Holocaust Memorial Day 27th January by Angela E Brooks

Somehow it’s got a special day to remind people to remember, as if the actual fact is not enough, and the faces of eternal suffering do not describe the pain, the sorrow the longing for it to have never happened, but the knowledge that it did and could again.
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Now we sigh and shrug our shoulders as the Jewry is out, all of us aware of the dangers we are facing. Hatred and racism, fear of the unknown, lead the mindless to unspeakable acts of violence on the innocent, old and young. We may say, and mean it, “It must never happen again” but close our eyes and minds to the world outside our bubble.
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So we have a special day, Holocaust Memorial Day, which reminds us not to forget the evil which can be released if we are not vigilant, then tomorrow we can close our doors, and close our ears to the cries of the Jewry as another of their number succumbs to his own private Holocaust, under the boots of the Far Right, out there, in the street, in this England.
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Aleppo by Angela E Brooks

Is it still Aleppo now that it’s flattened into anonymous rubble?

How much more destruction can it take before it is seen to be destroyed?

Horror upon horror dulls the senses until the little children

Covered in grey dust, fighting to breathe become commonplace

To our eternal shame.

This war, the warlords say, will go on – maybe ten years more.

For what? This whole frightening idiocy must be stopped

Before the population comprises grey dusted people,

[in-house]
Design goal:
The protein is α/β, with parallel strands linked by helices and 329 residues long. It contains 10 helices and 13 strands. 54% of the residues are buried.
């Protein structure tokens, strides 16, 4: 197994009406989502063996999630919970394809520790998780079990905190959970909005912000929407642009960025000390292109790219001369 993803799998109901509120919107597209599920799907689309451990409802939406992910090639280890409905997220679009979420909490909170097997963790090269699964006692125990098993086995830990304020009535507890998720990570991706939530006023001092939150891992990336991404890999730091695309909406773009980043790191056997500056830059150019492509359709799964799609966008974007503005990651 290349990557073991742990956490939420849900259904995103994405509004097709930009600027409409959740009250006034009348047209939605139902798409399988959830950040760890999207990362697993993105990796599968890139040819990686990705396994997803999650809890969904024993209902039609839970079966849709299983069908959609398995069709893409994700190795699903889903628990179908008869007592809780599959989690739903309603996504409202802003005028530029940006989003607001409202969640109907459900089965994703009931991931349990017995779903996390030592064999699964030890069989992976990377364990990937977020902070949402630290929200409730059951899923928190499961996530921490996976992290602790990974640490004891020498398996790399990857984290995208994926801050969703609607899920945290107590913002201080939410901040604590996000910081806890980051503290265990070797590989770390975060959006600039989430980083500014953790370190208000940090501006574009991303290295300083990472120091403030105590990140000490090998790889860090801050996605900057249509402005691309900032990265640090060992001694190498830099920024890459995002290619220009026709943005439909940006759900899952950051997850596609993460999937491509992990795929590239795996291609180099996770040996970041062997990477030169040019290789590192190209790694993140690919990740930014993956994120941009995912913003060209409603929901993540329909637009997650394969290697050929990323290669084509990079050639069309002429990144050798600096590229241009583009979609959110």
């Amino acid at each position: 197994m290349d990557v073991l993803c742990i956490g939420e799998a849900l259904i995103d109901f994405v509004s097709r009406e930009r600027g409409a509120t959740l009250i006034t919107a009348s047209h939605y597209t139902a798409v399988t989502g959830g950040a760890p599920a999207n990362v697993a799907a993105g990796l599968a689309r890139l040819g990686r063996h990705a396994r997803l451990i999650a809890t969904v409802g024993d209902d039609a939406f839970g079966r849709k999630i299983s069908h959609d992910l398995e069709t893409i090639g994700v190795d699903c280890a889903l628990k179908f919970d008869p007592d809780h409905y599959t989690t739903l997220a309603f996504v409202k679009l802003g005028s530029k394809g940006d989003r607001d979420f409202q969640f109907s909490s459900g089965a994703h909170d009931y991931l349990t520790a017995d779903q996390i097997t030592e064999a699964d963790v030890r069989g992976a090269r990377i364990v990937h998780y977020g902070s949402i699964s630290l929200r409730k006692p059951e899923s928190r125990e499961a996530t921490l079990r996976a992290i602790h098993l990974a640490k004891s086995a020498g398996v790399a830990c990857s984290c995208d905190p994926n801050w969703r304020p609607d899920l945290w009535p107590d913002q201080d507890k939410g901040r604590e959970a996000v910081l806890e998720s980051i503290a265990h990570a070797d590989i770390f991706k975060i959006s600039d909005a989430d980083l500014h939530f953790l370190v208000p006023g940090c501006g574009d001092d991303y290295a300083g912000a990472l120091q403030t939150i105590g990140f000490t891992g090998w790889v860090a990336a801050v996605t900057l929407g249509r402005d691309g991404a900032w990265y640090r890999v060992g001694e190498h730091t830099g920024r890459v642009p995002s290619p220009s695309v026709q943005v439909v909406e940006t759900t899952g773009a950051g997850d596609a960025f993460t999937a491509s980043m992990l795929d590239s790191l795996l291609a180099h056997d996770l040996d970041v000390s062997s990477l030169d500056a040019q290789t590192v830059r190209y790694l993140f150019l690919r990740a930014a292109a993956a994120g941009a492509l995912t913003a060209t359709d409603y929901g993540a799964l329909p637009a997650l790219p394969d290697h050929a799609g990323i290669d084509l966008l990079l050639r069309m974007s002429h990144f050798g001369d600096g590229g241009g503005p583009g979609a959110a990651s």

Limbless, sightless, immobile, buried under giant piles of man-made debris.

What use is Politics when this is the result?

Regimes fight Regimes for control while all around

Their people are dying. Listen to the terrible wailing of the bereaved

Trying to make sense of the indefensible.

And the bombing goes on, and the gassings go on, and the dying goes on

And the lost youth with nothing left to live for

With deadened senses don their home-made suicide vests

And hope for happiness in another world.

Omran Dagneesh – Remember His Name by Angela E Brooks

The boy, aged five years, his eyes staring unseeing

At horrors unknown

His hands stained with the blood of his bleeding scalp

Sits as still as death

While the chaos rages around him

And we watch and weep as the bombs fly and buildings collapse

In another place, another time

And the little boy sits. As still as death.

He stares resigned at the only life he has ever known

While the West discovers another icon

Until we turn the page, change the channel,

Open another bottle of wine –

And the boy, aged five years,

Wipes his bloodied hands on his orange chair

In the back of the ambulance and sits

As still as death, staring at his future,

A survivor, one of the lucky ones.

The Journey by Angela E Brooks

The man said no worry, we’d be okay,

I wanted to know how much we’d pay

He said five thousand, you pay today.

 

We broke the bank, found all we had

Said goodbye to the cat, the children were sad

I told them, when we got there they would be glad.

 

We paid the money and climbed into the boat

We had all our possessions and I’d left a note